As you may have been injured at work through coming into contact with material or from a result of working practises, you could be entitled to claim compensation. At Harris Fowler we specialise in getting you the compensation you deserve. This page will set out the elements of a claim we will need to prove and some hints and tips to help your claim go smoothly.
Occupational illness includes injuries such
- Repetitive strain injuries
- Noise induced hearing loss
- Respiratory disease such as Asthma
- White finger/hand-arm vibration syndrome
- Dermatological conditions such as Dermatitis
In order to make a claim for compensation following an accident at work you have to prove three things
- That your employer owed you a duty of care.
- That the other party fell below the standard of care expected of them
- That their failure to meet the standard of care caused you injury and/or loss
The First Part – Duty of care
For the most part this is the easiest part of a claim to establish as the courts have already established that employers owe their employees a duty of care, this duty has even been extended to outside workers such as sub-contractors and agency staff.
The Second Part – Breach of Duty
The second part of a claim is to show that the other party has failed to take such care as is reasonable in the circumstances either by doing something or failing to do something.
The courts when considering what should reasonably have been done they will first consider what an ordinary, skilful, employer should have done and then consider whether that standard has been met. When assessing what the ordinary employer should have done the courts will give mind to the numerous laws that relate to health and safety. However it is worth noting that only in a very select number of cases is there a right to bring a claim for breach of statutory duty. Instead the courts use the laws to infer what a reasonable employer should have done, although it is likely that where you can show an employer failed to comply with the law they will be held in breach of duty.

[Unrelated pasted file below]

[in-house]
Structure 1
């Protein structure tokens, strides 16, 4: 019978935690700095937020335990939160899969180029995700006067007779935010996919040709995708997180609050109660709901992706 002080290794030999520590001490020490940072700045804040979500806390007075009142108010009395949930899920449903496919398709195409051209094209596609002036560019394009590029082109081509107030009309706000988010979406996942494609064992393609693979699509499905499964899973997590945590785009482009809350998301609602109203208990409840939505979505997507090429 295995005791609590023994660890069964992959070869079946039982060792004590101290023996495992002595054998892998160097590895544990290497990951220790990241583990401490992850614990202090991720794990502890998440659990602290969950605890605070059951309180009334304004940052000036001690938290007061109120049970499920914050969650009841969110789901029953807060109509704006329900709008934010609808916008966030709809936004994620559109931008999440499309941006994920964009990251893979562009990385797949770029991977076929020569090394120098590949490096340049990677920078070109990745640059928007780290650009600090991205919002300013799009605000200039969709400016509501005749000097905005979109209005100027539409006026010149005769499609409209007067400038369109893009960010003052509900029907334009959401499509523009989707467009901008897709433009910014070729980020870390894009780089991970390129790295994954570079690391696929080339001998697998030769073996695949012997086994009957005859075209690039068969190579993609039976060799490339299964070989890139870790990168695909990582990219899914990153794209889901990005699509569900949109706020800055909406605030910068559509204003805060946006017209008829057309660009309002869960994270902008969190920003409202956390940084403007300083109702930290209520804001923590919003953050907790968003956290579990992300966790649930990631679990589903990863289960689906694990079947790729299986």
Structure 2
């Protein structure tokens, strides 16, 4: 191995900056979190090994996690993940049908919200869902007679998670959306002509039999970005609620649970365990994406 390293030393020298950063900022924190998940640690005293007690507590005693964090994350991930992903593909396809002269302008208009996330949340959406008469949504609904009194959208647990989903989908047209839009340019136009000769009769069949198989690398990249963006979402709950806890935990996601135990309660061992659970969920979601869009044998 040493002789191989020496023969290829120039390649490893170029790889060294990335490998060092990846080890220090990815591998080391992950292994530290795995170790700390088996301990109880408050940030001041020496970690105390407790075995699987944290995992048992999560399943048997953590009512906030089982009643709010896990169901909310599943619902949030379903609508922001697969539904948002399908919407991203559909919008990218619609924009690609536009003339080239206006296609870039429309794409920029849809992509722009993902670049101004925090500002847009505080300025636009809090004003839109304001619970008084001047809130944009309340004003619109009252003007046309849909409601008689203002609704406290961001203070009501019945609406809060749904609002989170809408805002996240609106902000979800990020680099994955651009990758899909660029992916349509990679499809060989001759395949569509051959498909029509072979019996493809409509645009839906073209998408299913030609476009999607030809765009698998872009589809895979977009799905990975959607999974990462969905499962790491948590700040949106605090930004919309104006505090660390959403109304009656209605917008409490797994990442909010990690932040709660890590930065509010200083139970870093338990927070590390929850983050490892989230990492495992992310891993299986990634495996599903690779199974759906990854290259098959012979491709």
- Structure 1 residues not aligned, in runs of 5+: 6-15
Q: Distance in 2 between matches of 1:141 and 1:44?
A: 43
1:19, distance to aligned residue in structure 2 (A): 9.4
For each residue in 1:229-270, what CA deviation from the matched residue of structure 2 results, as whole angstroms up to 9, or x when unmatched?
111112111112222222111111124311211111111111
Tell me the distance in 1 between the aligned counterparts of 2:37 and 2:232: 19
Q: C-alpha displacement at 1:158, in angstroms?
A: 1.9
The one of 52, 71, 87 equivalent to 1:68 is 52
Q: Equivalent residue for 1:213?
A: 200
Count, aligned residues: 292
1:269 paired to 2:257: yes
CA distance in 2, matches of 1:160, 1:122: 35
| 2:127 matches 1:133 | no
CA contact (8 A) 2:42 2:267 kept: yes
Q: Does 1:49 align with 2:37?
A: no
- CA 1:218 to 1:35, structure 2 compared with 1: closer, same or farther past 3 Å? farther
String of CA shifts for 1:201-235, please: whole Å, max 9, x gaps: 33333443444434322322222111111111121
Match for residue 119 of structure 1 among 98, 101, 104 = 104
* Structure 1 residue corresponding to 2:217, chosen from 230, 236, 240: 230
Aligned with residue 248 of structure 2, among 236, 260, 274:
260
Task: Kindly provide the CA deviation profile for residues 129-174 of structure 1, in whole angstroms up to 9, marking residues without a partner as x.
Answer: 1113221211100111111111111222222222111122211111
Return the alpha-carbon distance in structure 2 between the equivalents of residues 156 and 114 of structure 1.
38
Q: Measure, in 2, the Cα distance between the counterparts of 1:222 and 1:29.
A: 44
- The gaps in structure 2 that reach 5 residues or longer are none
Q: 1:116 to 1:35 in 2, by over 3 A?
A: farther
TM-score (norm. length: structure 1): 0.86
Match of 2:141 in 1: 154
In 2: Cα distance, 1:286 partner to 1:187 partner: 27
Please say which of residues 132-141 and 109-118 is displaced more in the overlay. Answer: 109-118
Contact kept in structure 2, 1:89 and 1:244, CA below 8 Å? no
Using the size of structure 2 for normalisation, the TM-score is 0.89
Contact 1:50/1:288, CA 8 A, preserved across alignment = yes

Breaches of duty in occupational illness cases are often established by showing that an employer has failed to provide satisfactory equipment or personal protective equipment or has failed to suitably reduce the risks that a certain method of work poses.
The breach of duty can be something as straightforward as failing to provide ear protection to employees working in loud environments such as when using a heavy machinery to something less foreseeable to cause harm such as exposure to flour in a bakery which can lead to Asthma.
The question of knowledge particularly with substances or techniques that were previously believed to be safe will be important as the courts will only hold your employer liable for injuries occurring after the defendant should reasonably have foreseen the risk to the claimant. In cases of White finger/hand-arm vibration syndrome this will be important as the date of knowledge may limit the claim if you had worked with pneumatic equipment in or before the 1980’s.
The complexity of Occupational illness claims mean it is important to seek the advice of a specialist personal injury lawyer who will be better able to advise you on the facts of your case.
Your solicitor will assess your case and will advise you on the prospects of success; they will help you identify who the responsible party is in the case of contractors, sub-contractors and agency staff.
The Third Part – That the breach caused loss
The third and final part of bringing a claim is demonstrating that the employer’s breach of duty is responsible for causing the injury and losses being claimed, whether this is personal injury or other financial losses such as loss of earnings.
With injury in such cases the third element is often difficult to prove as the injuries suffered can often have numerous causes. A good example is that of hearing loss, it can be caused by continued exposure to loud noises, but also due to the aging process or other genetic processes.
Because of the complexities in these types of cases the court relies upon the opinion of independent medical experts as to what caused the injuries and how long they are likely to last.
If you have been injured in an accident it is important to seek medical advice as soon as possible to ensure you are getting the appropriate treatment for your injuries. In addition, as the medical expert will likely have sight of your records of attendance they will act as evidence as to the nature and extent of your symptoms and will help support your claim.
Because the court will rely upon the opinion of the medical expert it is important that the expert is aware of any previous health issues or accidents. In addition, as the expert will need to comment on whether any financial losses such as treatment received or time off work is due to the accident, it is important that you also discuss these with the medical expert.
Once the medical expert has provided their opinion as to whether the loss (time off work/treatment etc.) is as a result of the accident we will then need to collect evidence to calculate what each head of loss may be and your highly qualified and experienced lawyer will advise what is needed in respect of each head of loss you are looking to claim.
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